Vaccine Volunteers: Being Part of History

Upper School Math & Environmental Science Teacher Nicole Paciorek feels she is part of history.

Photograph by Julian De La Cadena

Upper School Math & Environmental Science Teacher Nicole Paciorek feels she is part of history.

The Coronavirus. It’s omnipresent, unavoidable and has significantly altered our way of life. Although it seems like ages ago that students were released from classes and instructed to begin online learning, our society has only had less than a year to truly understand how the virus behaves and spreads between others. Pharmaceutical companies Pfizer and Moderna have led the efforts in the United States, where their respective vaccines were just recently approved for emergency use by the Food and Drug Administration (FDA) and Center for Disease Control and Prevention (CDC). 

Thanks to their rapid scientific efforts and the help of 30,000 testing volunteers, a vaccine has been developed. What you may not know, however, is that Miami Country Day School’s very own Upper School math and environmental studies teacher Ms. Nicole Paciorek, math teacher Ms. Gabrielle Schreffler and language arts teacher Mr. Samuel Brown have been part of that cadre of volunteers.  

As a science teacher, Paciorek felt naturally inclined to step up, but more than anything, she was inspired to be a part of groundbreaking research. “Science has saved us numerous times throughout history. With COVID-19, our lives have been so dramatically changed and I, like many others, experienced feelings of hopelessness at times. What could I do? I wanted to help. I wanted to be a part of science… I mean I’m a science teacher!” claimed Paciorek. She is indeed correct; science has repeatedly saved us time and time again. Safe and efficient vaccines, like those combating polio and smallpox, have effectively led to the eradication of such diseases. Realizing this, Paciorek went into the experience knowing she would be a part of history in helping others for years to come.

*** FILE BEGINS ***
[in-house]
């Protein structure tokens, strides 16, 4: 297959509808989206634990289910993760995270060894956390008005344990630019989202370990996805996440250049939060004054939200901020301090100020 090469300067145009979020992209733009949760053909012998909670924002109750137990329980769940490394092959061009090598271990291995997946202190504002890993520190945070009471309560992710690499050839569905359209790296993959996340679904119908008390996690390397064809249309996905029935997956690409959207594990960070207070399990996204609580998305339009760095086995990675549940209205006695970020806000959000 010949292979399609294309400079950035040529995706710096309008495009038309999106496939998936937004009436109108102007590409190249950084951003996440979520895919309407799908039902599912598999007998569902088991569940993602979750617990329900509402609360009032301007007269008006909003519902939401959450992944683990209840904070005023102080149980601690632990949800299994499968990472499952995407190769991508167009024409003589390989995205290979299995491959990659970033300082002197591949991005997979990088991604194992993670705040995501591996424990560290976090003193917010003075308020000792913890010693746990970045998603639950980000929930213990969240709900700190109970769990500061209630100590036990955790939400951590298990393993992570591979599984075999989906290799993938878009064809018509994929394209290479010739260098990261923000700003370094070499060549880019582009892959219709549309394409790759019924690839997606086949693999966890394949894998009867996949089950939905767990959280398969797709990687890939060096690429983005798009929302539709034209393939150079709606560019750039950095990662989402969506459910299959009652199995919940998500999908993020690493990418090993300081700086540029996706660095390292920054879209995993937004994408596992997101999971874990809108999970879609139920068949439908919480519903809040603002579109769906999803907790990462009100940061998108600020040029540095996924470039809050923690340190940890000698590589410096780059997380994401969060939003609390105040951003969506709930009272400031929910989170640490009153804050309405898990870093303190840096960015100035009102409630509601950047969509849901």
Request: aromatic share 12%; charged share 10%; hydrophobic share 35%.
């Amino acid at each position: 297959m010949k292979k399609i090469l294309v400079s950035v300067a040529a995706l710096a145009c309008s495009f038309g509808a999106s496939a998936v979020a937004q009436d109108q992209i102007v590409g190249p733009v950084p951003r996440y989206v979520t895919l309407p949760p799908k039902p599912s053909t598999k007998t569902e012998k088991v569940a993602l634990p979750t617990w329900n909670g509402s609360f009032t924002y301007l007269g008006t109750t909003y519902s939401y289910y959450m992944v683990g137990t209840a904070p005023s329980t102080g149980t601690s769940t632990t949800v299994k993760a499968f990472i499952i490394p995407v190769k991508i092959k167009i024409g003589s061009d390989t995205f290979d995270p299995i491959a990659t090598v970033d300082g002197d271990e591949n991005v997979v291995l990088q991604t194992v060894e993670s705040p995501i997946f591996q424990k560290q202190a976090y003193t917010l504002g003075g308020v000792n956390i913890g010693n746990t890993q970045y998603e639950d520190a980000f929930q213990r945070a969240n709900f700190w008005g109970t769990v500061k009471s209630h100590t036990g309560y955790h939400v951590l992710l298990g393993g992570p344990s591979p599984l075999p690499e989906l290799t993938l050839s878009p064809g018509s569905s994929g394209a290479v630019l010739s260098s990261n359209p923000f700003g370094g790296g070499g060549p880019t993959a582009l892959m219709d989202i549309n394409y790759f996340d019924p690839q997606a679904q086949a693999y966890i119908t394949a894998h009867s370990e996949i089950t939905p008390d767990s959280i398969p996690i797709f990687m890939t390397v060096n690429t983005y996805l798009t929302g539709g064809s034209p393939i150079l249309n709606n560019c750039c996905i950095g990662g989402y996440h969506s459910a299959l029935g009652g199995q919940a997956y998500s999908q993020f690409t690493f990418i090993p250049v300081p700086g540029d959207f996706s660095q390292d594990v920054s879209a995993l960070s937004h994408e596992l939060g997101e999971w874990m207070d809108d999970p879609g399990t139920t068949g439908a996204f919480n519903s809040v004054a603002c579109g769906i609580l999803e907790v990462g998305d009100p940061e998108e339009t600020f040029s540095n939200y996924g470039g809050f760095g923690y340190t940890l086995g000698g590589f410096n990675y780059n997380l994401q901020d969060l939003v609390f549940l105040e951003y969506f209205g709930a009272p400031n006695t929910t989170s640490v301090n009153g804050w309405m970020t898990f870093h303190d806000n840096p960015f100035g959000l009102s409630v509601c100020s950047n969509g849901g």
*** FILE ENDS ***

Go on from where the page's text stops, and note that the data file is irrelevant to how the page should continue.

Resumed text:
Uniquely enough, the COVID-19 vaccine is the first of its kind. Normally, standard vaccine trials span over six to seven years on average, but unlike most vaccines which infect individuals with a weakened germ to generate immunity, this new antidote is carried through messenger RNA (mRNA), which directly teaches cells how to make a protein to trigger an immune response. This immune response, fortunately, produces antibodies, which help protect the body from getting infected. Despite only recently being put into place, scientists have been working to perfect this vaccination method for decades. 

Paciorek was involved in the Phase III immunization testing period where participants were infected with either the Moderna-developed COVID-19 vaccine or a placebo drug which took place as a saline solution. On-site doctors and participants injected with either drug were unsure of which they received in this “blind study”, encouraging them to maintain their regular routines and live life “as normal”. When she heard Moderna was accepting volunteers for their Phase III trial, Paciorek, eager, interested, and a plausible candidate for not having contacted the virus before, filled out the necessary forms in hopes of being chosen to participate. After Moderna set up a trial location at the University of Miami, she learned she had been chosen for the study.